The next CACTUS meeting will be held on Thursday, February 19, 2004 at 7:00pm (doors open 6:30pm for pizza and lively, informal discussion), in the auditorium of UT Applied Research Laboratories. (See end of newsletter for directions to the facility).
The topic of the meeting will be Open Source in Austin and Texas. Our presenter will be Joe Barr, an Austin freelance writer and open-source advocate.
For many years, Joe Barr has been writing about Open Source Software and Linux for publications such as Newsforge.com, LinuxWorld, and Linux Today. He has covered topics such as licensing issues between Microsoft and Texas municipalities, the OpenOffice pilot project conducted by the City of Austin, and the Open Source Software bill (SB 1579) carried last session by Senator John Carona.
This meeting will be a combined meeting for CACTUS, the Austin Linux Users Group, and the EFF-Austin Open Source Posse. So, it could get a little crowded. Be sure to get there early to grab a good seat (and not miss out on the pizza).
There were two planned items of business at the January meeting. First was the annual election of officers. Luis Basto recounts the elections in his report below.
We received a presentation from Randy Zagar that highlighted some of the concerns with electronic voting machines. These machines are deployed around the country already, including here in Travis County. Technologists are voicing some serious concerns about these machines. Randy presented slides by Prof. Dan Wallach from Rice University that discussed some of the problems. A copy of Dan's presentation is available at: http://www.cs.rice.edu/~dwallach/talks/e-voting-risks-4up.pdf
There was discussion about communications among members. At this time we have a single email announcements list that is used to distribute the monthly newsletter. The question was raised whether that list could be used to distribute other information, say technology policy action alerts. Most members indicated a strong preference to reserve that list solely for CACTUS business: just newsletters and important organization announcements. There was, however, strong support for developing additional channels for other communication needs. President Lindsay Haisley will be leading a task force to investigate this.
The publicity chair is going to spiffy up the CACTUS web site. He is going to expand the directory of members' pages. CACTUS members can setup their own pages on the web server by putting them in a ~/public_html directory. If you want to be included in the listing, send email to publicity [at] cactus <dot> org. You will be listed only if you request to be. (Tom Bodine)
A presentation entitled "Speaking C++ as a Native" will be given by Bjarne Stroustrup, the creator of C++. Sponsored by the IEEE Computer Society, this will be held at IBM, Bldg 908, 11400 Burnet Rd, Austin, TX on Feb. 25, 2004, at 6:30pm. For details, visit: http://ewh.ieee.org/r5/central_texas/austin_cs/ (Luis Basto)
The Association for Community Networking has announced an award program for open source developers. AICN has identified some common needs of community networks and is providing a cash incentive for open source developers who want to help. For more information, see their announcement at: http://www.afcn.org/opensource/ (Chip Rosenthal)
by Lindsay Haisley
It's an exciting time to be involved in information technology! The meat-grinder of progress has drawn IT very near to the vortex of social change, and as IT professionals, we're watching the stuff we work and play with, and the potentials for our careers circling the spinning spot in the middle where everything either gets thrown into the spotlight or sucked down the drain.
There's an old Chinese curse which goes something like "May you live in interesting times." As far as I'm concerned, however, interesting times are, shall we say.... interesting. I'd rather be alive now than at any time I can think of.
CACTUS is certainly feeling the heat. A lot of us feel strongly about important social issues which hinge on IT and Unix issues - electronic voting, open source software, open standards - all issues which are not only close to our bread and butter but central to our democracy and our sense of social justice. The result has been a renewed vigor in our online presence, and an open and heated debate about the purpose and mission of CACTUS in all of this, which is good, and how it's supposed to be.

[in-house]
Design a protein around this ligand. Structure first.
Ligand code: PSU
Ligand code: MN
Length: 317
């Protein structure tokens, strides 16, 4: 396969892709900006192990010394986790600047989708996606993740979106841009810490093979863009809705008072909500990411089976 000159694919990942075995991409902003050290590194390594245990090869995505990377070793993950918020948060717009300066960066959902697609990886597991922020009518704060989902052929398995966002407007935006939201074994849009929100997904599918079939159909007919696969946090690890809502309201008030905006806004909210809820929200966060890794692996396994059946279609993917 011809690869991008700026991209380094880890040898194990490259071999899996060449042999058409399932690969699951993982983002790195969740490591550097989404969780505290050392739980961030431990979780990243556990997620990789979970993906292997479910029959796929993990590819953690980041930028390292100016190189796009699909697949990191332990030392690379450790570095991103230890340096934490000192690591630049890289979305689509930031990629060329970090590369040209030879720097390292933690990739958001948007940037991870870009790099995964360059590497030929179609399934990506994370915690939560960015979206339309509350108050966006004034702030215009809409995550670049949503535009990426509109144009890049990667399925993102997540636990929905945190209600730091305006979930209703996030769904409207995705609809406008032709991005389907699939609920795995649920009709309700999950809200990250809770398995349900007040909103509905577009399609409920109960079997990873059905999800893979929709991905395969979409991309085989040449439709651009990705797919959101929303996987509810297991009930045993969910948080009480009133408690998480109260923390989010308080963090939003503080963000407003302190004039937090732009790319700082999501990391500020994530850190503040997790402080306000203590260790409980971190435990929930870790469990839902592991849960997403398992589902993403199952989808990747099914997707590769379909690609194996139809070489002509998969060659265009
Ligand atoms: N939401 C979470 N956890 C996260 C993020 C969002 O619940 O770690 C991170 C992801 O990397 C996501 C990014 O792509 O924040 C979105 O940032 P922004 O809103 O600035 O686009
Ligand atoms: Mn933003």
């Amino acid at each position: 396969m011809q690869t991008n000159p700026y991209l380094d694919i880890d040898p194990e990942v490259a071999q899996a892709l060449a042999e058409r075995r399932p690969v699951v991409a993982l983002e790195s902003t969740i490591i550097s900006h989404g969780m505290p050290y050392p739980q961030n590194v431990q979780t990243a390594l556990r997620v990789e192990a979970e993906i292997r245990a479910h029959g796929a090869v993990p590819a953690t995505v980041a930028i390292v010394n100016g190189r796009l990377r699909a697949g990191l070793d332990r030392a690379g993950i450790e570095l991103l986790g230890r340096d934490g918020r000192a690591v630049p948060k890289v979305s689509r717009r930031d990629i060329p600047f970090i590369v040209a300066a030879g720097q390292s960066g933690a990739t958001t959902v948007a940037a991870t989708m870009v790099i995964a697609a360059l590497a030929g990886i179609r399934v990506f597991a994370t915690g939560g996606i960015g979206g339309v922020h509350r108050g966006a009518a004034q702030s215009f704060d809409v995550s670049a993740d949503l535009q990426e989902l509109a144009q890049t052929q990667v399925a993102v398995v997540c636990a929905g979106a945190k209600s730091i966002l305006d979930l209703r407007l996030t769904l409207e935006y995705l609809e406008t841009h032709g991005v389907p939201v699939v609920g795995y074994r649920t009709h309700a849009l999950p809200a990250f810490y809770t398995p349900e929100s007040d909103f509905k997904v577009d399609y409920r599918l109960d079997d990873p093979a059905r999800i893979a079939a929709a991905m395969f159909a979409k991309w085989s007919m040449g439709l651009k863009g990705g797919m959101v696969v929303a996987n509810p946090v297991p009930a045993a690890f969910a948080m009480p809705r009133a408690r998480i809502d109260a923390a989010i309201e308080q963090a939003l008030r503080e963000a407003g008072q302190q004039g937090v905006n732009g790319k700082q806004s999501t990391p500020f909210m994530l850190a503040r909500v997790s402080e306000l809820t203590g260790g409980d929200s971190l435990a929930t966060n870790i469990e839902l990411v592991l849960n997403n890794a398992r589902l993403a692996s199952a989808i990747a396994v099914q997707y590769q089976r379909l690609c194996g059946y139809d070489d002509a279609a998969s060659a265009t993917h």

I'm honored to have been re-elected to the office of CACTUS President during such a time as this, although I must say it's a bit challenging for me to balance my own (rather militant) sense of appropriate e-activism with what our various members want and what I and others feel is right in the long run for CACTUS. It's tempting to just hang loose, chair the meetings, and see that pizza is delivered in a timely fashion, but I fear than none of us has the option of sitting on the sidelines these days. I'm afraid I've already ruffled some feathers, and had to define some policies and make decisions which I'd rather leave to others, but it's encouraging to have had the support and clarity offered by other members to help me keep things in balance. Thanks y'all!! I'll do the best I can for another year.
by Chip Rosenthal
The concept is obvious to Unix users and difficult to explain to Windows people: the window manager is a service apart from the operating system.
X11 was released in 1987 with the uwm window manager. A year later, Tom LaStrange released his twm window manager. Other people used his code to develop variants. Other people coded window managers from scratch. So almost from the beginning, you had a choice of which window manger to use under X.
This is all good, because choice is good. This is also confusing, because choice can be confusing.
Over time, the choices have gotten more complicated. There are over a dozen actively maintained window managers that run on modern Unix systems. Moreover, we add a new level of complexity by introducing a desktop layer, such as Gnome or KDE, over the window manager.
But wait, there is more. Many of these window managers and desktops are themeable, adding yet another dimension of complexity. Many hours of fun and enjoyment await you, as you download and test scores of colorful themes for your window manager of choice.
Yes, it can be complicated and confusing, but I think it's valuable to look at the available alternatives. There is nothing so wonderful as an environment that is tailored just right for the way you work.
Not everything has gotten more complicated. One thing has gotten a lot easier over time: building X applications. In the bad old days we used imake to setup the builds. This process was fraught with peril and difficult to debug, thanks to the inscrutable Imakefile files. Except for some core X applications, most everything else has moved to the commonly used autoconf facility.